Office rivalry leads to nasty games of one-upmanship and worse in Alain Corneau’s nifty psychological thriller, which has the feel of a Patricia Highsmith novel without quite capturing the diamond-like brilliance of one. Still, “Love Crime” will do nicely in a pinch.

Kristin Scott Thomas is Christine, an ambitious, imperious executive in the Paris offices of an agribusiness corporation. She takes advantage of the skill of her mousy underling Isabelle (Ludivine Sagnier), whom she treats with a mixture of cool affection and barely concealed contempt. When Christine, who’s angling for a promotion to the firm’s New York office, takes credit for one of Isabelle’s ideas to increase her profile with her American bosses, the younger woman is annoyed enough to plot with the Machiavellian Daniel (Guillaume Marquet) to cut Christine out of the loop on another deal, sabotaging her promotion, while cultivating favor with the owners for herself.

That leads Christine to take retaliatory action, using Philippe (Patrick Mille), whom Isabelle’s fallen for, to lure the girl into a humiliating public display that she happily shares with the entire executive staff. But that’s only the first stage in an escalating confrontation between the women that ultimately leads to murder. But what follows is no whodunit. To the contrary, it’s a “Columbo”-like contraption in which the question is whether the killer will get away with the crime, and if so how. The resolution demands patience and concentration of the viewer—the film is both slow-moving and complicated—but it’s clearly laid out, thanks to the clever scripting, crisp direction and sensitive editing by Thierry Derocles), and there’s a nifty twist at the end to satisfy, at least in part, the requirements of justice.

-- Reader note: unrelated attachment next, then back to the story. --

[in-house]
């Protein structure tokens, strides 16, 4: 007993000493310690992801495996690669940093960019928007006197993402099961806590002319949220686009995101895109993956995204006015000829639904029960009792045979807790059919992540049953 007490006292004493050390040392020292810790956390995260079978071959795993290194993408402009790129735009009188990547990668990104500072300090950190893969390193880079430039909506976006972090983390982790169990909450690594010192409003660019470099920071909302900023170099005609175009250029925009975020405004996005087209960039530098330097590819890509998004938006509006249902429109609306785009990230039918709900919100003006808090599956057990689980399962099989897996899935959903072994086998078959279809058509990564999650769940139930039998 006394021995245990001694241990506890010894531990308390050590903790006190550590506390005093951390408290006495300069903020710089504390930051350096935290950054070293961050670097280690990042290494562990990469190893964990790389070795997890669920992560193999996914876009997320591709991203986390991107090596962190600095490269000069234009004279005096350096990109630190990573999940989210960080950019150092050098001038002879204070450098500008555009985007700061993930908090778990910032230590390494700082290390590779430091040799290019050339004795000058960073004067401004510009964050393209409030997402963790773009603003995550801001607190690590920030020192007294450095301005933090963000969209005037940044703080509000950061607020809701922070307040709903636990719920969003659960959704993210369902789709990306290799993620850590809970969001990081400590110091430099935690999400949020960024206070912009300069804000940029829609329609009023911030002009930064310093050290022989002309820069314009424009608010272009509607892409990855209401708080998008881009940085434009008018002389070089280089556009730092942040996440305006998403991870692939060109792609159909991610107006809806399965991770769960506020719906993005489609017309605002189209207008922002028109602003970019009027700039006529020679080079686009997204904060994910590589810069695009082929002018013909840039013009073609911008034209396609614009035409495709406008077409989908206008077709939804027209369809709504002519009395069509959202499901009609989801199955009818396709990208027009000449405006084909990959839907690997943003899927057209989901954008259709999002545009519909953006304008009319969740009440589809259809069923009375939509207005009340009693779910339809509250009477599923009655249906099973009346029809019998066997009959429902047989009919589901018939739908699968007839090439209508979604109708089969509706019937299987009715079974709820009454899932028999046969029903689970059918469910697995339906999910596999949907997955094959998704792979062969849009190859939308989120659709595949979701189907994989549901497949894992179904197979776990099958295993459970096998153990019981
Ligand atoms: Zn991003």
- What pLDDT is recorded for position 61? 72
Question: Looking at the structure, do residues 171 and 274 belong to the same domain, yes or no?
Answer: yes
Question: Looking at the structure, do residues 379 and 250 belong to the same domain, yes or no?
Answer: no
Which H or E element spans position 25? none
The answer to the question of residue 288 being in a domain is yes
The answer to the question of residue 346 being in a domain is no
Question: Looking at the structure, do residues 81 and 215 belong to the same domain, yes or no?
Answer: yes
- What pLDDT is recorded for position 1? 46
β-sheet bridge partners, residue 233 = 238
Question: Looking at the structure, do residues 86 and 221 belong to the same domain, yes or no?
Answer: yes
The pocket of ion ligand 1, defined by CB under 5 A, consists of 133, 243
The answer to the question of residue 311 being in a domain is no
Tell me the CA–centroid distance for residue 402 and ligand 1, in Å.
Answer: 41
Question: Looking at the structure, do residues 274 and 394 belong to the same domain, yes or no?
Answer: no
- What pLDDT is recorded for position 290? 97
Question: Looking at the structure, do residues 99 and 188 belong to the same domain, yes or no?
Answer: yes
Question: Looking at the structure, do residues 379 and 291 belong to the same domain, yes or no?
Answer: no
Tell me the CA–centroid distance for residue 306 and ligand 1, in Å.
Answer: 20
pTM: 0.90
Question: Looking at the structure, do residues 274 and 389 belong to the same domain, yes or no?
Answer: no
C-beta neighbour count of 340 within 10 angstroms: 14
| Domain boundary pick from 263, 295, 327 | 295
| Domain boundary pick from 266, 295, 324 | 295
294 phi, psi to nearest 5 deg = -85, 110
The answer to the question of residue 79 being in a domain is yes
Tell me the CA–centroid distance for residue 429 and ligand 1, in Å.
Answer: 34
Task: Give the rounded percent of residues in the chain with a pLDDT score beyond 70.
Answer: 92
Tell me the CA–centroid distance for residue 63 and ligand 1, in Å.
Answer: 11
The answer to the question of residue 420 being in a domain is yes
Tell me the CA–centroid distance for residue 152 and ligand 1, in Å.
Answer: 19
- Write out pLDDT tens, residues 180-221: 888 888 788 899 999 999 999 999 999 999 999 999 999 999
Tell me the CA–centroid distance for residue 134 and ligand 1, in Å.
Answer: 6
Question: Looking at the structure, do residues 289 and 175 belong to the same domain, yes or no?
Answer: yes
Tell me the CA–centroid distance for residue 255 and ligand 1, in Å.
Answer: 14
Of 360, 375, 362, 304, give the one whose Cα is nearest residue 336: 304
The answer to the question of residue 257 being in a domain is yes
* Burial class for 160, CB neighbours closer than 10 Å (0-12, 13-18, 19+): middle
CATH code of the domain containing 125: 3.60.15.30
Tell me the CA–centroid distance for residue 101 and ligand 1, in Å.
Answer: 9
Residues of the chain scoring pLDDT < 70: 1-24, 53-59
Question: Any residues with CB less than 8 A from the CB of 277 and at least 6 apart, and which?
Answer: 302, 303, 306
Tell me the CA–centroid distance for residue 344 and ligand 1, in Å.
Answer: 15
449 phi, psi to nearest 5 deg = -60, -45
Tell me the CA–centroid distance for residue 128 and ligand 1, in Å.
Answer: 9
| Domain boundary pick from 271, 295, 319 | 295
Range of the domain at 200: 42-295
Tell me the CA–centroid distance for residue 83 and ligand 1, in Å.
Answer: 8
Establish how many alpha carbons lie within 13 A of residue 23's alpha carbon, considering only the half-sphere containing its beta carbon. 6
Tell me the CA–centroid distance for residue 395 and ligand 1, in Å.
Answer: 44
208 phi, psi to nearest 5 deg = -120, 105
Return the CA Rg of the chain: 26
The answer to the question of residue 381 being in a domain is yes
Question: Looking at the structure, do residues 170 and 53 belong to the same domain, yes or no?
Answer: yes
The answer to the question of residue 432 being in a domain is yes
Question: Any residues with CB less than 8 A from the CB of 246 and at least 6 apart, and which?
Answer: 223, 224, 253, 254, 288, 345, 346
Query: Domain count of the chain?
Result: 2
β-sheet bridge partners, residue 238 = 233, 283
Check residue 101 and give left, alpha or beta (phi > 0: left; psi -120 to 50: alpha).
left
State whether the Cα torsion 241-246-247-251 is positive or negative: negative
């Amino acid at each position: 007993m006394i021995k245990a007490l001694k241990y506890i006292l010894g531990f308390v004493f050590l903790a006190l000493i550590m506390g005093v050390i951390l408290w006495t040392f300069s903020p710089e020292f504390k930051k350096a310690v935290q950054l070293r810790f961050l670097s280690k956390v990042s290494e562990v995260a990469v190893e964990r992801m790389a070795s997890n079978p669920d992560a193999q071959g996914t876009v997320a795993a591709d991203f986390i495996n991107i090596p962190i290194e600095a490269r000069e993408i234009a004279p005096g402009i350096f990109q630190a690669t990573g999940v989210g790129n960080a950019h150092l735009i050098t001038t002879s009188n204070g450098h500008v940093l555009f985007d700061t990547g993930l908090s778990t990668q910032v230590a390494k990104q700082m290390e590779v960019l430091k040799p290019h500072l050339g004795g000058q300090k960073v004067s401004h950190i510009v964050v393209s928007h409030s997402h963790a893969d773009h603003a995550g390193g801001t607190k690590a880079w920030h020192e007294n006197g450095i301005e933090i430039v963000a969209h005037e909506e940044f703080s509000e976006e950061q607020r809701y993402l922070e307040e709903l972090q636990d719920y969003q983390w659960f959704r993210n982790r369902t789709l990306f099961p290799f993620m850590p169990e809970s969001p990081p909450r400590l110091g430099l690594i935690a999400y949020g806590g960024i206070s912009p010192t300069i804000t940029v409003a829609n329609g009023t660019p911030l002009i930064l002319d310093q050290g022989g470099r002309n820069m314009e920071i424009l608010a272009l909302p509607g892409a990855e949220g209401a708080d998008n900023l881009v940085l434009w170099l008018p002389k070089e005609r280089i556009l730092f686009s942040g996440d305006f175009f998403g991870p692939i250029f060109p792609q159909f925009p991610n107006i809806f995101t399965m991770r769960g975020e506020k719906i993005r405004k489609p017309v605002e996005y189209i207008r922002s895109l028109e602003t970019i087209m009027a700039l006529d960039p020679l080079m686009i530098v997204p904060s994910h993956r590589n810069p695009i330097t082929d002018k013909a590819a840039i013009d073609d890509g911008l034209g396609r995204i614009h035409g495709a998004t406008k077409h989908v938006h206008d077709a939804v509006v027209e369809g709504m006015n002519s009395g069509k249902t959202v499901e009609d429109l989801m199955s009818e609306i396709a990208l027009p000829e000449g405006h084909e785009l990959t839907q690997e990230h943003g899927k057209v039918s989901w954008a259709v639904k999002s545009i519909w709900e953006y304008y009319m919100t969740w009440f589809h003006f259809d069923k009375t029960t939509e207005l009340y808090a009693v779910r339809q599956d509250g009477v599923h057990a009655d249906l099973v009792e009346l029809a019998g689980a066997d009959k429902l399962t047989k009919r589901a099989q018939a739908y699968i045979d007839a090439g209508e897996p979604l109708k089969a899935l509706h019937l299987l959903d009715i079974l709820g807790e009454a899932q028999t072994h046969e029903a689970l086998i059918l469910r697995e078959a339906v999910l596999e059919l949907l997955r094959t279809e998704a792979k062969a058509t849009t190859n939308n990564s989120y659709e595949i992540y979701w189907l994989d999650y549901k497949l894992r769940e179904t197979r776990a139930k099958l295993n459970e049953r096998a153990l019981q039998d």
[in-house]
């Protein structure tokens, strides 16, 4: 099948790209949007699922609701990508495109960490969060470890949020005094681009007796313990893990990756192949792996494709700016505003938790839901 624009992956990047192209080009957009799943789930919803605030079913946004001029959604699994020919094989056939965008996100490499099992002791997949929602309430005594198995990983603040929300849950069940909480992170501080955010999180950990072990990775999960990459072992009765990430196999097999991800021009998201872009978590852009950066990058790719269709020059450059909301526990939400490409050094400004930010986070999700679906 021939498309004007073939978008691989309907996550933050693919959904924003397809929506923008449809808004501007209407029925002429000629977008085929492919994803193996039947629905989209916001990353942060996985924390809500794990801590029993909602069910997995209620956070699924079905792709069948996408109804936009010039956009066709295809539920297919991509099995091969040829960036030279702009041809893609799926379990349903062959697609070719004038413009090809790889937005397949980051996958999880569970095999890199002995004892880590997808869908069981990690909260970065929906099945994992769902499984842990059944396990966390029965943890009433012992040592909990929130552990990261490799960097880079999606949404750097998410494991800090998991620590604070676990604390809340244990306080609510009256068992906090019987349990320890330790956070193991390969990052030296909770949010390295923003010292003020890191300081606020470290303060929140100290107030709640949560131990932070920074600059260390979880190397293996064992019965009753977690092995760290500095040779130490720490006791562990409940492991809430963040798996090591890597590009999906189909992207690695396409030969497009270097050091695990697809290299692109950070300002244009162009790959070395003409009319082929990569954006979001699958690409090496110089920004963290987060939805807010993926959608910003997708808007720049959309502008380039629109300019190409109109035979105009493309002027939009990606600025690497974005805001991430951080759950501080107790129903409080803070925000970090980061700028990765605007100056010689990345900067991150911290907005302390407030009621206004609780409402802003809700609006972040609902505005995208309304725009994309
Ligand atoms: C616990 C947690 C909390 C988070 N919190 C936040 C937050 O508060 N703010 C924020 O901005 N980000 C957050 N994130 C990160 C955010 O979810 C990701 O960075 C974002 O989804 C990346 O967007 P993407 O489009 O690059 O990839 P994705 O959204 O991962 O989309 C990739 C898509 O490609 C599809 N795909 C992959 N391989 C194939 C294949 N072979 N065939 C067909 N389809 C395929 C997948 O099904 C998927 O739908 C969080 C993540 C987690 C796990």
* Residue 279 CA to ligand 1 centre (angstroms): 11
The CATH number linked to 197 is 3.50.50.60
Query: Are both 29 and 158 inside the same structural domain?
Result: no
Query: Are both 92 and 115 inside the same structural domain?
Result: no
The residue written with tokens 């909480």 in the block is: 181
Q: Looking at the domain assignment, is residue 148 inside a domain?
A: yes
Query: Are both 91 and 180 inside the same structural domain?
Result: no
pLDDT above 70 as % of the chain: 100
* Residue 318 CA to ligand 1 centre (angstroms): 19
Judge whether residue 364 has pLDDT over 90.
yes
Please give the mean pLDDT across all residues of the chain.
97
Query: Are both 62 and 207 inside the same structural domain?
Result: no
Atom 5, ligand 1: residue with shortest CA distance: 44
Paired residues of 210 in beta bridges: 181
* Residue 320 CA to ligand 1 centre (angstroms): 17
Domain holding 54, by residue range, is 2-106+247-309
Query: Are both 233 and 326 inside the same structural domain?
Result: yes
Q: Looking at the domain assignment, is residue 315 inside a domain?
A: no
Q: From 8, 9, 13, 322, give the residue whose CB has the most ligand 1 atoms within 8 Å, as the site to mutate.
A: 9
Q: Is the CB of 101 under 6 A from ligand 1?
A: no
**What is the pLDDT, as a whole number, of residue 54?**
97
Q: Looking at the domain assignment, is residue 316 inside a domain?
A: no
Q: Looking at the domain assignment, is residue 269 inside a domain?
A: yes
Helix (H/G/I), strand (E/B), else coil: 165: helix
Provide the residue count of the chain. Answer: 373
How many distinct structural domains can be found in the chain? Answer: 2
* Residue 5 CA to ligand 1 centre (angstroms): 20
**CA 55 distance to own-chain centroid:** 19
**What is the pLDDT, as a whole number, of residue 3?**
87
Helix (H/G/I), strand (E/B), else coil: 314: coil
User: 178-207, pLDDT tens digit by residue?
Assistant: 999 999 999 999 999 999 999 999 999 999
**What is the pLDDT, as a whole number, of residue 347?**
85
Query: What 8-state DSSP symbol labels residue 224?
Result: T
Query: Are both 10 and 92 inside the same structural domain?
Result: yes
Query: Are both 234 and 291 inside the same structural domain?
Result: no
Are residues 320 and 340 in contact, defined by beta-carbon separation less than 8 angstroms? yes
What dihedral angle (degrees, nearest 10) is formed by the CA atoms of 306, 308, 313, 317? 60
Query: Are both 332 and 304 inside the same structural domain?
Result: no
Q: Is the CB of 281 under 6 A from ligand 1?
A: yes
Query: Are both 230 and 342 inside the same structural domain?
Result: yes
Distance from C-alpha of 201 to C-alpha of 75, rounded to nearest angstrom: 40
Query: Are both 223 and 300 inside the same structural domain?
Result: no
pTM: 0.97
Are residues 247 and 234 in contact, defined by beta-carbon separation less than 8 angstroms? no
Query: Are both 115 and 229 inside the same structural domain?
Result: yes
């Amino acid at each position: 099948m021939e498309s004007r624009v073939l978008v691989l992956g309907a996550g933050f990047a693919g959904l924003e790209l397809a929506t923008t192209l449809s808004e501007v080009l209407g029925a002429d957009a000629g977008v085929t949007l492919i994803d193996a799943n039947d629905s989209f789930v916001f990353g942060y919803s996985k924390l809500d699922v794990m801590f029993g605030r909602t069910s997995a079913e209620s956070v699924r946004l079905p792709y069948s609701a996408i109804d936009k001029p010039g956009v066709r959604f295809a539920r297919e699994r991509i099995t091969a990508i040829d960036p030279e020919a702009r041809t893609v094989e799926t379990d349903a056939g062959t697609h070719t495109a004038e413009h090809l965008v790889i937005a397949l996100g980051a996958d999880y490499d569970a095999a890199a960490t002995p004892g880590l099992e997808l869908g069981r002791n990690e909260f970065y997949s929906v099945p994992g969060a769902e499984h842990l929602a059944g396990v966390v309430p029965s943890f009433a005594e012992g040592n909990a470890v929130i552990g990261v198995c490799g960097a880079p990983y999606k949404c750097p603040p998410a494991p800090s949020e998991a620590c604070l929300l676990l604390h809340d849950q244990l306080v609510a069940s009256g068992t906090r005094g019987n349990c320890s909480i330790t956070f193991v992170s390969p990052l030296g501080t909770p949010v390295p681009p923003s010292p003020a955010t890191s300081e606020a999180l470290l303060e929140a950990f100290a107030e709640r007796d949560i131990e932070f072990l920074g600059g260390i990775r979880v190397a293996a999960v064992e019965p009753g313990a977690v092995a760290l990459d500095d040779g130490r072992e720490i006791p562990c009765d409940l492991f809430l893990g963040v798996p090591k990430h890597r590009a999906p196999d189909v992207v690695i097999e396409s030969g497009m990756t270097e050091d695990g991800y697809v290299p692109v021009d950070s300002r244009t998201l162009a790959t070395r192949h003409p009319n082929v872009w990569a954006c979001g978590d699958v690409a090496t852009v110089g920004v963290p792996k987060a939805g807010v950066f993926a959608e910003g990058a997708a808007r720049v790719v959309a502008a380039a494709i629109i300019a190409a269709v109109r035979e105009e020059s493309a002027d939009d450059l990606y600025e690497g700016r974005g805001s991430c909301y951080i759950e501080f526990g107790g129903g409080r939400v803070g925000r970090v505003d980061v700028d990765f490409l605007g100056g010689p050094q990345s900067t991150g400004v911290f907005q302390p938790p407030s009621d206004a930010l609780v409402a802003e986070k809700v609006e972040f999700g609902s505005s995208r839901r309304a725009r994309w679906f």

Scott Thomas and Sagnier make Christine and Isabelle’s face-off a memorable affair, with the former’s haughtiness contrasting nicely with the latter’s apparent vulnerability. The predominantly male supporting cast are all fine, apparently enjoying—with one exception—being used and abused by them. Cinematographer Yves Angelo’s compositions cannily accentuate the tense relationship between the leads, and Pharoah Sanders contributes a bluesy saxophone-dominated score that’s all the better for being sparingly employed.

“Love Crime”—a title that reflects the film’s opening scene, which points to the fact that what follows derives from an unrequited, if peculiar, attraction—has the cool, understated tension that marked the suspense films of Claude Chabrol as well as Highsmith’s examinations of human malevolence. If their works are to your taste, this should suit it as well.